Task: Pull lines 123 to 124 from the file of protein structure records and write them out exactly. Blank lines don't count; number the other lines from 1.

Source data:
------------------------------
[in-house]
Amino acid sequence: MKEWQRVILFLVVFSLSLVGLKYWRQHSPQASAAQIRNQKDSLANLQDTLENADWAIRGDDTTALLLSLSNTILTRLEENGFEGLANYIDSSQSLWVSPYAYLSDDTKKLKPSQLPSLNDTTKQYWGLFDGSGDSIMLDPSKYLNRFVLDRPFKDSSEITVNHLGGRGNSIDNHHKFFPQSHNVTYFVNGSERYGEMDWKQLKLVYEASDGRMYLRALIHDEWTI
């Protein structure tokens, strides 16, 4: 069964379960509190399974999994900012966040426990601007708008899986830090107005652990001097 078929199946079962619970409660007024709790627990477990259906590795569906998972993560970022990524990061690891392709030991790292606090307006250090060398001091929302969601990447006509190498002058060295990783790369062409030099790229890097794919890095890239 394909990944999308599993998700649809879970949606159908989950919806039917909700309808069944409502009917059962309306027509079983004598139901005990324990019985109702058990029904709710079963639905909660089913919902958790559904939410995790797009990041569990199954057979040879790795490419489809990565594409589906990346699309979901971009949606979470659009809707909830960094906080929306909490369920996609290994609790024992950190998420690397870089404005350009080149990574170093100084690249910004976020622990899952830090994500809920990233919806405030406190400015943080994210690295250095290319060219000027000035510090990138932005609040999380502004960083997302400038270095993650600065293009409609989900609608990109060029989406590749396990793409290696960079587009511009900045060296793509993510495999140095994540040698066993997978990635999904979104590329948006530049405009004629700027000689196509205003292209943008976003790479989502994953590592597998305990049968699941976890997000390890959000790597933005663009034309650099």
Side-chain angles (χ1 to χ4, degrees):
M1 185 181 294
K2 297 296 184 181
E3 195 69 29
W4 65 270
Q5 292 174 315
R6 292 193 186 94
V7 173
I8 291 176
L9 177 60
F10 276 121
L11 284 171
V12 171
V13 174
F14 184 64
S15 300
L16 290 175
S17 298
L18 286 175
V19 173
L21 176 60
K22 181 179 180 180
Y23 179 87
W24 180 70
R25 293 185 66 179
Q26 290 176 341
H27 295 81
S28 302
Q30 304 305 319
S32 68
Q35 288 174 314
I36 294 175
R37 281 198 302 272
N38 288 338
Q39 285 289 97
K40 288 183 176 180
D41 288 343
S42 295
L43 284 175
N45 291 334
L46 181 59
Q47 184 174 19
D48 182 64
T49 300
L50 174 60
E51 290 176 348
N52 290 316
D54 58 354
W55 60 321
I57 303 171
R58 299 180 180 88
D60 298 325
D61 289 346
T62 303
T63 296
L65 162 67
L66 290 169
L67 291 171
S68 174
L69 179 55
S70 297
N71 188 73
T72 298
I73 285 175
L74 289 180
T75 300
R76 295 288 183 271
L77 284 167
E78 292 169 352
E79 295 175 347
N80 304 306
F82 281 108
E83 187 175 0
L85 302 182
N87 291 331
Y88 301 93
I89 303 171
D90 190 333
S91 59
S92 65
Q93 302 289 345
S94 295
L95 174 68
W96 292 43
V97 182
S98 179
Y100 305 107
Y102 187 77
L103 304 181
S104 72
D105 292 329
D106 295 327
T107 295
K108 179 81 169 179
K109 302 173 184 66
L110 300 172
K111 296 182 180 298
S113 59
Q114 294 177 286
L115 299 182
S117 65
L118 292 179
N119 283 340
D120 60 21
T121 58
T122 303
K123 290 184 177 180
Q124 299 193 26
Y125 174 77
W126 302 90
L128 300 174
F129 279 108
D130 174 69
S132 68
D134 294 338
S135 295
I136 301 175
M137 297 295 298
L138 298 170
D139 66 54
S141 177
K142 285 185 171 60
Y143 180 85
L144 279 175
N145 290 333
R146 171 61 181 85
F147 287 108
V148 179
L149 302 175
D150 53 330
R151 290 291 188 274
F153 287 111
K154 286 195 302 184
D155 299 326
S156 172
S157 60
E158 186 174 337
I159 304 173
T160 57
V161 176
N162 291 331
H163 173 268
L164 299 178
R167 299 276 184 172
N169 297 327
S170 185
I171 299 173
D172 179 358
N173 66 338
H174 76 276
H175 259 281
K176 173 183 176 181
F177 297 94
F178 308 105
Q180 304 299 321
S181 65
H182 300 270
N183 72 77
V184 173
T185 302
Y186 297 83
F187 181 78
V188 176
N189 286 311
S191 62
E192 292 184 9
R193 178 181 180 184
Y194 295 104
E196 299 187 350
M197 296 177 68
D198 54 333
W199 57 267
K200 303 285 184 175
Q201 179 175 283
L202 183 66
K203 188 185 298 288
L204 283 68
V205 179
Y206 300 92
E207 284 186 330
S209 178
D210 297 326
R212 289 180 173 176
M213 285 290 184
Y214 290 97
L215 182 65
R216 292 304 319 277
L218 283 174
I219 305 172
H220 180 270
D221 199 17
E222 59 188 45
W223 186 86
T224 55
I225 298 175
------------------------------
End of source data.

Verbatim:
D139 66 54
S141 177